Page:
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#15 - JRL 7245
June 30, 2003
Red and pink blot on the landscape
By Avtandil Tsuladze

Judging by the outcome of the plenary session of the Central Committee of the Communist Party held last Friday, the Kremlins plans to split up the left-wing opposition have ended in fiasco. Not only has the left not fallen apart, but they have also mustered the strength to give the pro-Kremlin bloc United Russia a big surprise.

Russias leftist forces will contest the seats in the lower house at the end of this year under a single banner CPRF (the Communist Party of the Russian Federation). At any rate, at their plenum on Friday the communists agreed to go ''in single file''. The widely publicized political bloc guarantees around 20 per cent of the vote, and additional votes may well be secured through the smaller parties siding with the communists.

It means the left will gather their forces into a single ''red fist'', thereby disrupting the Kremlins efforts to split the Communist Party up.

However, in the forthcoming campaign the communists will acquire one more resource. Prominent economist Sergei Glazyev may help the CPRF secure the votes of the so-called pink electorate, or moderate left. This will be seen as yet another blow to the Kremlins plans. The presidential administration had endeavoured to split up the CPRF by enticing the pink Gennady Seleznyov into the ranks of Kremlin supporters.

But the plan to divide the party failed. The Communist Party purged its ranks by expelling the ''renegades'' (Gennady Seleznyov was expelled for refusing to abandon the seat of State Duma chairman last year, after the pro-Kremlin centrist factions redistributed the top jobs in the lower house, stripping communists of almost all the top posts), while the Revival of Russia party formed especially for Seleznyov has proved a complete non-starter.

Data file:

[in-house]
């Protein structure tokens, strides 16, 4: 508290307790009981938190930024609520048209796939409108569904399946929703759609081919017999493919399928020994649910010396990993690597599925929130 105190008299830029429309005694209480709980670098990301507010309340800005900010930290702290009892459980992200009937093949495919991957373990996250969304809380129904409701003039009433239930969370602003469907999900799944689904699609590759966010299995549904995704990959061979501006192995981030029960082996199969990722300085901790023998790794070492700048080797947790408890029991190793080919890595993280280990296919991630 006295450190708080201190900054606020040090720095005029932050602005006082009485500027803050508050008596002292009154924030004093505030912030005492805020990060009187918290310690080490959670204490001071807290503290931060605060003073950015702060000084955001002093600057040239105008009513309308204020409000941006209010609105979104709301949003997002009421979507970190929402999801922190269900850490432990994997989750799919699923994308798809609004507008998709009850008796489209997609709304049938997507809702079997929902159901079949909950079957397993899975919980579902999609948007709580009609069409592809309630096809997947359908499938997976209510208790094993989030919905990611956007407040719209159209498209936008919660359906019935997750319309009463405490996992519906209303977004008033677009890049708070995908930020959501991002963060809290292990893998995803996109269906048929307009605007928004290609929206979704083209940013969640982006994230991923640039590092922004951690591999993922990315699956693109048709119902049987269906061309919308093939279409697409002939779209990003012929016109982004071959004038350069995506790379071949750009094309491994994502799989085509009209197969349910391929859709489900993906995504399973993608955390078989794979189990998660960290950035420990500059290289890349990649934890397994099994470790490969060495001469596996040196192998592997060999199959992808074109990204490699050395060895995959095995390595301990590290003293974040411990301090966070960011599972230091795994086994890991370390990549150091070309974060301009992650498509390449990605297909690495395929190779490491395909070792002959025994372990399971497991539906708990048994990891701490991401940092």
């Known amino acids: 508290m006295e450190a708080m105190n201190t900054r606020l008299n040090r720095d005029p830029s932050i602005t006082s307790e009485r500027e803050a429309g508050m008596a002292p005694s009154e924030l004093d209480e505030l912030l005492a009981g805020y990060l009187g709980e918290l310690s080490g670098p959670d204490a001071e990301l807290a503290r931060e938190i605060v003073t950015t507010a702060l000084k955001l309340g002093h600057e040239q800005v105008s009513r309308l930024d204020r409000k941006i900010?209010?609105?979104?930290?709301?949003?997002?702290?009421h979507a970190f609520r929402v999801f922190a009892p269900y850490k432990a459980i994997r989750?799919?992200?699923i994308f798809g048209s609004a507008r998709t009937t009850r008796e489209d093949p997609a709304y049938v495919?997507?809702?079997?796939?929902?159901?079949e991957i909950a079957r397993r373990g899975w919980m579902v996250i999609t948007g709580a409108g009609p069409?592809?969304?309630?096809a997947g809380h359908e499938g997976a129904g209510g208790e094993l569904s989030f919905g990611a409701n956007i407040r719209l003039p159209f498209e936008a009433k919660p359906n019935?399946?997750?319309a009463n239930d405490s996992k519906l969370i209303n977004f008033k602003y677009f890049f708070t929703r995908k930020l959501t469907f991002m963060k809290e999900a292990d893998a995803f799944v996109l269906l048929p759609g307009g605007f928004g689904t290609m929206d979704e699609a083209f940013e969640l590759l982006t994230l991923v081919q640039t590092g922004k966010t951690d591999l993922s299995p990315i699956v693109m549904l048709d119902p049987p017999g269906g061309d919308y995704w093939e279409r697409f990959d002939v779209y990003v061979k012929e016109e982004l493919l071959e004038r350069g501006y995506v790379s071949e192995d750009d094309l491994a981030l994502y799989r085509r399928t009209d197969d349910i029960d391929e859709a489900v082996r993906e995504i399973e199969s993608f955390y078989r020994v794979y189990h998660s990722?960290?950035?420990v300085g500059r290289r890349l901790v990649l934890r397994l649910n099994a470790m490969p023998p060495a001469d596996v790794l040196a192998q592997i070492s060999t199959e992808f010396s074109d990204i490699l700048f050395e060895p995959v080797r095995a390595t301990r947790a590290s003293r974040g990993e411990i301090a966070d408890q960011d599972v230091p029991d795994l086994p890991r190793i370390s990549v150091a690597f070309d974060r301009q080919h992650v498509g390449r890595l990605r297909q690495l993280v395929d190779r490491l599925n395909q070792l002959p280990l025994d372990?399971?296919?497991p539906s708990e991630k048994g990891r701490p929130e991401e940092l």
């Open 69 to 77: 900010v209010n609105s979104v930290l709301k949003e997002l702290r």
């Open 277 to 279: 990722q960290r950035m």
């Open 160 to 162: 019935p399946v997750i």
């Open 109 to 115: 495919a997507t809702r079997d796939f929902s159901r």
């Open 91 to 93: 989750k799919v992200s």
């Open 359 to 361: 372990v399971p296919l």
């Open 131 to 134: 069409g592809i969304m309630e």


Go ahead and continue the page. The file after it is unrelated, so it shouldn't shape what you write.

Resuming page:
With Glazyevs entrance the situation changes dramatically: he is able to add the votes of the moderate left to the those of the traditional electorate of the CPRF. Thus, the Kremlin, instead of pushing the Communist Party out of the political arena, will be faced with a strong rival in the form of a red and pink stain, slowly but steadily spreading through the electoral spectrum of Russia.

But even Glazyev is far from being the last trump card of the monolithic unit that is the Communist Party. In the wake of the political changes carried out by Putin, the CPRF has remained the only influential opposition force in the country. After years of being just the leftist opposition, the CPRF has now become the only opposition to the authorities.

And that means that the Communist Party has every chance of attracting some non-communist protest voters to its ranks [i.e. those who prefer to cast their ballots against all candidates or political parties].

The ranks of protestors, despite the nationwide love of the president, are growing day by day. And most importantly, none of the parties has as yet managed to attract their votes. The Kremlins main party, United Russia, has still not decided how to approach that particular group of voters, while the other parties simply do not have the energy to win them over to their side.

Perhaps only the LDPR, Vladimir Zhirinovskys ultra-nationalist Liberal-Democratic Party of Russia, because of the talents of its leader, has managed to play on that field with any semblance of success: the partys ratings remain at about 10 per cent. But Zhirinovsky has virtually accepted his partys marginal niche, forcing the moderate protestors to join the more influential ranks of the CPRF.

There is one more circumstance that favours the communists the presidents route to political stability. At a recent news conference Putin once again confirmed that his main priority is to preserve public stability. And in practice that means that he will not allow the unbridled anti-Communist propaganda that was so evident in 1996.

After all, some 10 per cent of Putins majority are communists. And any confrontation is detrimental to stability. Therefore, the Kremlin has no plans of ''wiping the communists out'' altogether.

Thus, for the time being the Communist Party is in a very advantageous position. The party no longer faces the threat of a split, it has resources to expand its electorate, and finally, the party is not threatened by a serious confrontation with the Kremlin.

If the CPRFs rivals, primarily United Russia, fail to take any extreme measures and the situation does not change dramatically, the communists are likely to achieve a resounding success at the 2003 parliamentary elections.

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